The heat from a gas stove is not evenly distributed throughout a pot or pan. Gas flames spurt upward in a ring of flames. Because the flames are beneath the pot or pan, the cookware must redistribute the heat throughout the pan so the food contained inside is sufficiently cooked. Adjusting the gas flames to match the size of the pan and the type of cookware used on a gas stove are ways to compensate for the uneven heat source. The Minnesota Blue Flame Gas Association maintains that cookware that conducts heat evenly should be used while cooking on gas stoves.
Copper pans are very expensive cookware choices, but, according to Cooking for Engineers, when the pans are lined with nickel, tin or stainless steel, the pans are a good choice for all stoves. Use a copper pan about 2.5 millimeters thick for even heat conduction while cooking on a gas stove.
Aluminum is a favorite choice in cookware utilized for all variations of stoves, including the uneven heat source from a gas stove. The Clemson University Cooperative Extension Service says that over half of cookware purchased by consumers is constructed of aluminum. Most aluminum cookware contains nonstick coatings that decrease the occurrence of scratches. Anodized aluminum undergoes a process resulting in a harder aluminum surface that cooks evenly and won't react to foods high in acidic content.
Stainless steel pans are durable but tend to discolor when overheated. Dishwasher safe, stainless steel pans are easy to clean and as a result are a good choice for cookware. The Consumer Research website maintains stainless steel pots and pans conduct heat uniformly when used on a gas stove and within ovens in cooking temperatures not exceeding 500 degrees Fahrenheit. Stainless steel pans, regardless of the stovetop being used, requires the addition of fats, such as butter, oils or cooking spray, to avoid burnt food because the pan surface is not treated with any type of nonstick substance.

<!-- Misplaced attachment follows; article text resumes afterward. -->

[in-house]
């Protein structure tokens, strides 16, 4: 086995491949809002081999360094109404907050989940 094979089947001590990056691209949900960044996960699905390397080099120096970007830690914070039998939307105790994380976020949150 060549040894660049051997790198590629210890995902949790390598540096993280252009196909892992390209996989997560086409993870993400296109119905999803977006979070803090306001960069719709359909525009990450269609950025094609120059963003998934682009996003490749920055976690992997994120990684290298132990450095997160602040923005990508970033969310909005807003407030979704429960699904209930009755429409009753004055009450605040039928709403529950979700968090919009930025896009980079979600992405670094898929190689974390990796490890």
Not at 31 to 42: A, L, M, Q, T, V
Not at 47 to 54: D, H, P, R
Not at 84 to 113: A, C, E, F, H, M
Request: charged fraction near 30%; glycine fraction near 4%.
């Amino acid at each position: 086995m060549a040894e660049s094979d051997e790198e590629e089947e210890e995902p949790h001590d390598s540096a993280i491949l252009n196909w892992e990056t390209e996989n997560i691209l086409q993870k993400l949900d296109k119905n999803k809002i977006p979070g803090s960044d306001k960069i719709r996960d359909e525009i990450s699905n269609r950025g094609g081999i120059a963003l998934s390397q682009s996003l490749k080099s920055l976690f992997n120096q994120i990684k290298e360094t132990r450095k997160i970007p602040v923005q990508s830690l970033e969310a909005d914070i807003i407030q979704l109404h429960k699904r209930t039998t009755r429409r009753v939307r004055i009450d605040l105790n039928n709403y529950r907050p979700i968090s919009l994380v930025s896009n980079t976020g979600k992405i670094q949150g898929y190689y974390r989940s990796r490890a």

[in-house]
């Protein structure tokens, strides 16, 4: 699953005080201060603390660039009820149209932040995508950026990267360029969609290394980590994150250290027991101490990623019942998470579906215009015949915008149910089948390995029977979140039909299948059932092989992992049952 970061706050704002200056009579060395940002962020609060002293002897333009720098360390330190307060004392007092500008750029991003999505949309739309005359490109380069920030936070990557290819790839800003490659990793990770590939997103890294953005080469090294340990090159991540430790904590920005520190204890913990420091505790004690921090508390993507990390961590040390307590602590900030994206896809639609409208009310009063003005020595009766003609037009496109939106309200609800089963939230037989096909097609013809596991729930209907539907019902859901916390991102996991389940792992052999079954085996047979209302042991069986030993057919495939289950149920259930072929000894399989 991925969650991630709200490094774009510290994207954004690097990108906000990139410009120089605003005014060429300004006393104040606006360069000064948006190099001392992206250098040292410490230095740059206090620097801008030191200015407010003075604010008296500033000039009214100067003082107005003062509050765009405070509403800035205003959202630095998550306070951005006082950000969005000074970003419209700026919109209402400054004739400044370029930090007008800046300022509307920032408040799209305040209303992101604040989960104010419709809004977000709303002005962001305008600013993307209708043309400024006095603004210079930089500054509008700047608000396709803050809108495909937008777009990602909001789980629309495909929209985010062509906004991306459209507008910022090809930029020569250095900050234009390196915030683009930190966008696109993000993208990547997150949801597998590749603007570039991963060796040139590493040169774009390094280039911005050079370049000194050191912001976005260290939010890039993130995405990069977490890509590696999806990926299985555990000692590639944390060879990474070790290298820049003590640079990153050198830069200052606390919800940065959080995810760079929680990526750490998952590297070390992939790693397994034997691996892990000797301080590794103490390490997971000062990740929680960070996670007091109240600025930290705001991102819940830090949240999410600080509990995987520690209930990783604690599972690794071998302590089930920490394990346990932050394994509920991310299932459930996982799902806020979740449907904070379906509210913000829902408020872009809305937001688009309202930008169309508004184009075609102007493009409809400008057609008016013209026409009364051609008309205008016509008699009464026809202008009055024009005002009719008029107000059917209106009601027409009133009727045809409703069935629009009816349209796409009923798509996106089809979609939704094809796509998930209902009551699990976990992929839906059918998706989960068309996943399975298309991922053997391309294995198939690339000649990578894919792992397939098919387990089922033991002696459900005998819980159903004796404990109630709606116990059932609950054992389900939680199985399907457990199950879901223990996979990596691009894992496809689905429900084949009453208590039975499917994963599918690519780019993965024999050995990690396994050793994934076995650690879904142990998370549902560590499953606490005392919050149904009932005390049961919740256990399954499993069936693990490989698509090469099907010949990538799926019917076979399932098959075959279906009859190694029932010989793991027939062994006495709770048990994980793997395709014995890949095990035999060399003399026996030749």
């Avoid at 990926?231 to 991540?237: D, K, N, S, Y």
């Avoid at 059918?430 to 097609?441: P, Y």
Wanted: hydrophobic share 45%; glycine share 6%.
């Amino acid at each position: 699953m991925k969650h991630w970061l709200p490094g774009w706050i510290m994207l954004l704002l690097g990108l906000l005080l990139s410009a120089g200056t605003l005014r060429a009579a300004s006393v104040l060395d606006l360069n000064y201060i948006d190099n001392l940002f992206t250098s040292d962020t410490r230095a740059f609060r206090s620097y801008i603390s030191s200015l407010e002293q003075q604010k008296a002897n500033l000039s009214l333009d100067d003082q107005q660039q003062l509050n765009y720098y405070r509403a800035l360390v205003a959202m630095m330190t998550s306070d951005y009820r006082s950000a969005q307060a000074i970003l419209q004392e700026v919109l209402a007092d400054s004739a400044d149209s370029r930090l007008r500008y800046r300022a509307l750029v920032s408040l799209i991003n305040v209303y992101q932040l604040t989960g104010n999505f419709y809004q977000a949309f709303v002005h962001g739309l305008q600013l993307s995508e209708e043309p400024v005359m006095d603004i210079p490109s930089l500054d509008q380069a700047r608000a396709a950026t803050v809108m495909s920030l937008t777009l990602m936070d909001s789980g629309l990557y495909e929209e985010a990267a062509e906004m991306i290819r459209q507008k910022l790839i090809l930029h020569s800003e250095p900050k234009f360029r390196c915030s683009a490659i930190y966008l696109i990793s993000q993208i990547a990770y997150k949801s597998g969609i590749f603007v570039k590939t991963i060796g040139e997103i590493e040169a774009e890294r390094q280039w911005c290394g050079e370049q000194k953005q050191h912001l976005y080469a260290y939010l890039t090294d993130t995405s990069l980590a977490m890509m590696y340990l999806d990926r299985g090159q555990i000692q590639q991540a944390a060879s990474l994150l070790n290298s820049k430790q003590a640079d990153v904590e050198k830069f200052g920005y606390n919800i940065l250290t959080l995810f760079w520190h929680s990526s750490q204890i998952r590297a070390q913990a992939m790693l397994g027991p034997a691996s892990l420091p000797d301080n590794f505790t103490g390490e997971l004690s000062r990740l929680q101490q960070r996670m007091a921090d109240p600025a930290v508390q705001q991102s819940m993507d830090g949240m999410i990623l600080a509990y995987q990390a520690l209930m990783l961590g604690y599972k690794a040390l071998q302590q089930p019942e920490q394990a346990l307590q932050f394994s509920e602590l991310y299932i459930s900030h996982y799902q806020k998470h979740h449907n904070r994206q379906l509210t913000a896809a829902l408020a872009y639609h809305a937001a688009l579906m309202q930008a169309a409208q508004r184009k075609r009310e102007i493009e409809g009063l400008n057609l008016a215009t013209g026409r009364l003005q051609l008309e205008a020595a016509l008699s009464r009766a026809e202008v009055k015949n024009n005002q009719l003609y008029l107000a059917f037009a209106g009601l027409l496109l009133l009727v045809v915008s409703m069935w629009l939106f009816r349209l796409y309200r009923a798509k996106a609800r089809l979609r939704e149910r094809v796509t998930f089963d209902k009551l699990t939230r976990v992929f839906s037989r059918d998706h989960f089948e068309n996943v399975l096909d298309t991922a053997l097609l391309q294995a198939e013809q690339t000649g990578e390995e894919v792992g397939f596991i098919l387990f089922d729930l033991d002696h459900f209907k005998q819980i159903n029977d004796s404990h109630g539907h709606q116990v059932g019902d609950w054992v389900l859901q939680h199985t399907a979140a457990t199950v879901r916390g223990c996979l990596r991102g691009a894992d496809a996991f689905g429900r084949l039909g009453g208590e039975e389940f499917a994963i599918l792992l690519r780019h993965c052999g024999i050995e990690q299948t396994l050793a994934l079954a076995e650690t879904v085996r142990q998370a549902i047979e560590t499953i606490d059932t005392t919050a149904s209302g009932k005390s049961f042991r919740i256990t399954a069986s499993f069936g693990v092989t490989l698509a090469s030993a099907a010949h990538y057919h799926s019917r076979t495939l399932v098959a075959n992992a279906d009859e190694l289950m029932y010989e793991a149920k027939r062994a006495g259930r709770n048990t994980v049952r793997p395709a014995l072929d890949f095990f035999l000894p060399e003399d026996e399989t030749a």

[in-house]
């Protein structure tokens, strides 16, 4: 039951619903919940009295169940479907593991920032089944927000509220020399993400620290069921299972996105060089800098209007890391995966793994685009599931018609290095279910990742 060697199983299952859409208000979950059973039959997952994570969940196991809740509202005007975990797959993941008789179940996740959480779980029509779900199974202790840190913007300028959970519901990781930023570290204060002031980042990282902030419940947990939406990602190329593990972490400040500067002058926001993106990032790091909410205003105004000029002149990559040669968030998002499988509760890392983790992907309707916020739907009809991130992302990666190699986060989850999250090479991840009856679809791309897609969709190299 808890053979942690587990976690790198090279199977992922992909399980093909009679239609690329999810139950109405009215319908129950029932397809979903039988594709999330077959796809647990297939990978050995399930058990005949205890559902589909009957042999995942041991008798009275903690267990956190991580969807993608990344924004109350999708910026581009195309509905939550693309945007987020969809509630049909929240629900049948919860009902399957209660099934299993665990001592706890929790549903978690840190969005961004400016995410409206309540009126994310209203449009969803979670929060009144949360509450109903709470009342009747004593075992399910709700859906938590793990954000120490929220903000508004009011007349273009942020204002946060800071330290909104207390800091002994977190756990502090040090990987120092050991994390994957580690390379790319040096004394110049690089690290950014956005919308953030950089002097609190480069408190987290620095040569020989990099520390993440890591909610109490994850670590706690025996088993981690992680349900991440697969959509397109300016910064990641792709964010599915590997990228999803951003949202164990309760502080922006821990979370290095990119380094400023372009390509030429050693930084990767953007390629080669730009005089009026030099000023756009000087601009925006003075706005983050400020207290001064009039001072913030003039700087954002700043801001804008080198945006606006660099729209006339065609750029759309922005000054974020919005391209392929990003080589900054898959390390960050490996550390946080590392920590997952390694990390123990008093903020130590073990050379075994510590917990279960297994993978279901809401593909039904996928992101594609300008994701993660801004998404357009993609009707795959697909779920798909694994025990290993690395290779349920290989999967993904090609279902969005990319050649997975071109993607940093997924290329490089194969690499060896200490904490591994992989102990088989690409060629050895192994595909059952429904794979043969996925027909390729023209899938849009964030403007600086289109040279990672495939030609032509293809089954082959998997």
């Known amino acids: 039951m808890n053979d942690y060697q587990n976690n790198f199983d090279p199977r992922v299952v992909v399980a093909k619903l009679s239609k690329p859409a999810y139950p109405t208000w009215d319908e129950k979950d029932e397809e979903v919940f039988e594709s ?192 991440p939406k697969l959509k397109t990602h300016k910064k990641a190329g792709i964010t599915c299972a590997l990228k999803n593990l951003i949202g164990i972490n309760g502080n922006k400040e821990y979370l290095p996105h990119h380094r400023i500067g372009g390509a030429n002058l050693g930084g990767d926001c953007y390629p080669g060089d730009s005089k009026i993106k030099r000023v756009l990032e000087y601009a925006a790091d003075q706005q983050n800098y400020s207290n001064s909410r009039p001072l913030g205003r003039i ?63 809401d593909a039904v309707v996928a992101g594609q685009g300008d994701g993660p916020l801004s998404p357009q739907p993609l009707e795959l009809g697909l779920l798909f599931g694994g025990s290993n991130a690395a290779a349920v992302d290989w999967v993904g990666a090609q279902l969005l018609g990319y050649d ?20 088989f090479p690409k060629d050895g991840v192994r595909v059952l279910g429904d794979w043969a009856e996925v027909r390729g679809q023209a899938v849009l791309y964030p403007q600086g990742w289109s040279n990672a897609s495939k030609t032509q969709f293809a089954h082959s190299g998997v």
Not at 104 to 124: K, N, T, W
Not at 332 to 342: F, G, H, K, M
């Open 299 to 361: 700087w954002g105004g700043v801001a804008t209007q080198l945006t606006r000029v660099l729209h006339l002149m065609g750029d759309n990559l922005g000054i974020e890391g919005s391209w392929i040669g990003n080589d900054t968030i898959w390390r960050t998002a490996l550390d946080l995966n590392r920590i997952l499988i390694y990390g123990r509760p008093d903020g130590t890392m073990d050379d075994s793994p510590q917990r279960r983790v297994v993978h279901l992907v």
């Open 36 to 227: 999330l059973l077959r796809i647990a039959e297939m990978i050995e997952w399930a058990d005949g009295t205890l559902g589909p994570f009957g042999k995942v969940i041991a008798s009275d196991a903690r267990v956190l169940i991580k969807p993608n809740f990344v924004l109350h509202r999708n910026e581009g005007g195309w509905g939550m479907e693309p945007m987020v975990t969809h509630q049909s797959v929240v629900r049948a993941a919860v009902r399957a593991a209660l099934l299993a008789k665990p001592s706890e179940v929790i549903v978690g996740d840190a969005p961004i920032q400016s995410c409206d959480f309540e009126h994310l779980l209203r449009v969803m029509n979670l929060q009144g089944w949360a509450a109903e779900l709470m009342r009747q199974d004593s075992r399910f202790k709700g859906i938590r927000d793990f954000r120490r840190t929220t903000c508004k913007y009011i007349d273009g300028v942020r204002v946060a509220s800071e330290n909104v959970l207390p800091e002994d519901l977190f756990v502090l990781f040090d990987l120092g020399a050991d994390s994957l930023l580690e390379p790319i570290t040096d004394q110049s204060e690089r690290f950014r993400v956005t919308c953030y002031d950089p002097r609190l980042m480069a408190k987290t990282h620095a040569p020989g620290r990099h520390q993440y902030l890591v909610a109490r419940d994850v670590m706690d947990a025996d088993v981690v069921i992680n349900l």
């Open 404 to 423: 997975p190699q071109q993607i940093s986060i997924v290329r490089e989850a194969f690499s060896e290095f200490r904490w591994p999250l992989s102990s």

Cast iron conducts heat slowly, requiring constant awareness on the part of the cook and a low gas flame. The Clemson University Cooperative Extension Service says that classic cast iron cookware conducts heat evenly, which is necessary while cooking on the uneven heat source of a gas stove. Cast iron is an inexpensive cookware choice because it requires more maintenance than most pans. Rub cooking oil into the interior of the pan with a paper towel or clean cloth to season the iron. Cooking for Engineers describes this seasoning of cast iron as essential to form a nonstick surface on the ordinarily porous properties of iron. Fats are melted and absorbed by the iron, and the iron cooks consistently.